9. A multi-layer thermal barrier coated article as claimed in claim 1 wherein the superalloy substrate comprises more than 4.5 wt % aluminum, less than 1.5 wt % hafnium and less than 1.5 wt % titanium.
10. A multi-layer thermal barrier coated article as claimed in claim 1 wherein the outer layer comprises up to 0.8 wt % hafnium, or up to 0.8 wt % yttrium.
11. A multi-layer thermal barrier coated article as claimed in claim 1 wherein the outer layer is further enriched in cobalt or chromium.
12. A multi-layer thermal barrier coated article as claimed in claim 1 wherein the platinum-group metal is platinum.
13. A multi-layer thermal barrier coated article as claimed in claim 1 wherein the platinum-group metal enriched gamma phase comprises 6-9 at % aluminum, and the platinum-group metal enriched gamma prime phase comprises 14-16 at % aluminum.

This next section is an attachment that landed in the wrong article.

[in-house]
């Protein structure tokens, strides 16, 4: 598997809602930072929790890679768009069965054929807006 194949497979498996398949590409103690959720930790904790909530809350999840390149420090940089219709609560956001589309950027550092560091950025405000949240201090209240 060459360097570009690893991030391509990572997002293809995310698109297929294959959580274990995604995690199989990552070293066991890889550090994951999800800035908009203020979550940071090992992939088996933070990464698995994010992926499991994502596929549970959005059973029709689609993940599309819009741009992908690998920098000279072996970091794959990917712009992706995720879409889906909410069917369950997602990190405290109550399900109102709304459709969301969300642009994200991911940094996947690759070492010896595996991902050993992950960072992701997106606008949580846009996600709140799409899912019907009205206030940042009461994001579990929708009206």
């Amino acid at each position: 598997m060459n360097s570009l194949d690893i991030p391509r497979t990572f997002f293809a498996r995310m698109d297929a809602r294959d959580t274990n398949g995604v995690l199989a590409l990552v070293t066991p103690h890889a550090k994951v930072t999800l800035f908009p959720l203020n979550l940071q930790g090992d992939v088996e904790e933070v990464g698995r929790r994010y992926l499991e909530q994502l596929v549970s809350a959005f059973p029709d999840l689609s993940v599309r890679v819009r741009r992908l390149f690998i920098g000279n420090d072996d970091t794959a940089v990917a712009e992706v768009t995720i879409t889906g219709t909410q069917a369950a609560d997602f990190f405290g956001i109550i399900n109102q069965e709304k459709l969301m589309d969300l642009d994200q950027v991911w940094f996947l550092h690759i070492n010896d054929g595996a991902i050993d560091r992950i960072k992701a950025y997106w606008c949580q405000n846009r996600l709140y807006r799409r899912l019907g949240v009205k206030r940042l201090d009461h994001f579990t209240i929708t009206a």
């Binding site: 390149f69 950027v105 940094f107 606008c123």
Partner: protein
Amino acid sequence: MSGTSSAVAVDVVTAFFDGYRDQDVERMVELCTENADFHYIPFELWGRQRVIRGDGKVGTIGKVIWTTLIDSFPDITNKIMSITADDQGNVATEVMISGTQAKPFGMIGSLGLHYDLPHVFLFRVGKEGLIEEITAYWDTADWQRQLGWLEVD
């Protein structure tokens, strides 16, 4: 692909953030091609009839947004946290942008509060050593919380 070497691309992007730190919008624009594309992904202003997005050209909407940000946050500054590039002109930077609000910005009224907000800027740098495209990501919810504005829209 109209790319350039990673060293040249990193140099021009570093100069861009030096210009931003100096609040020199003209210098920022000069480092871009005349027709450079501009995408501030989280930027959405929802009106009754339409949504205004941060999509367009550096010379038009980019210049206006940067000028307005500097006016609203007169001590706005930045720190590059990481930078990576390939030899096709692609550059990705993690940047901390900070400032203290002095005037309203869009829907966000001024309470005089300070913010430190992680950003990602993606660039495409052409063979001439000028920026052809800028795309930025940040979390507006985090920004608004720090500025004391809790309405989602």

14. A multi-layer thermal barrier coated article as claimed in claim 1 wherein the platinum-group metal enriched gamma phase comprises 43-47 at % Ni, 22-33 at % Pt, 11-13 at % Cr, 7-10 at % Co, 6-9 at % Al, 0.4-0.8 at % Ti and 0.2-0.6 at % Ta, and the platinum-group metal enriched gamma prime phase comprises 37-45 at % Ni, 25-34 at % Pt, 14-16 at % Al, 4-8 at % Cr, 4-5 at % Co, 1-2 at % Ti and 0.4-2 at % Ta.
15. A multi-layer thermal barrier coated article as claimed in claim 1 wherein the platinum-group metal enriched gamma phase comprises 2.75 wt % aluminum, and the platinum-group metal enriched gamma prime phase comprises 4.8 wt % aluminum.
16. A multi-layer thermal barrier coated article as claimed in claim 1 wherein the platinum-group metal enriched gamma phase comprises 29.7 wt % Ni, 48.6 wt % Pt, 6.9 wt % Cr, 6.7 wt % Co, 2.75 wt % Al, 0.3 wt % Ti, 0.8 wt % Ta, 1.2 wt % Re, 2.6 wt % W and 0.5 wt % Mo, and the platinum-group metal enriched gamma prime phase comprises 29.5 wt % Ni, 53.7 wt % Pt, 3.0 wt % Cr, 3.6 wt % Co, 4.8 wt % Al, 1.0 wt % Ti, 2.5 wt % Ta, 0.35 wt % Re, 1.6 wt % W and 0.2 wt % Mo.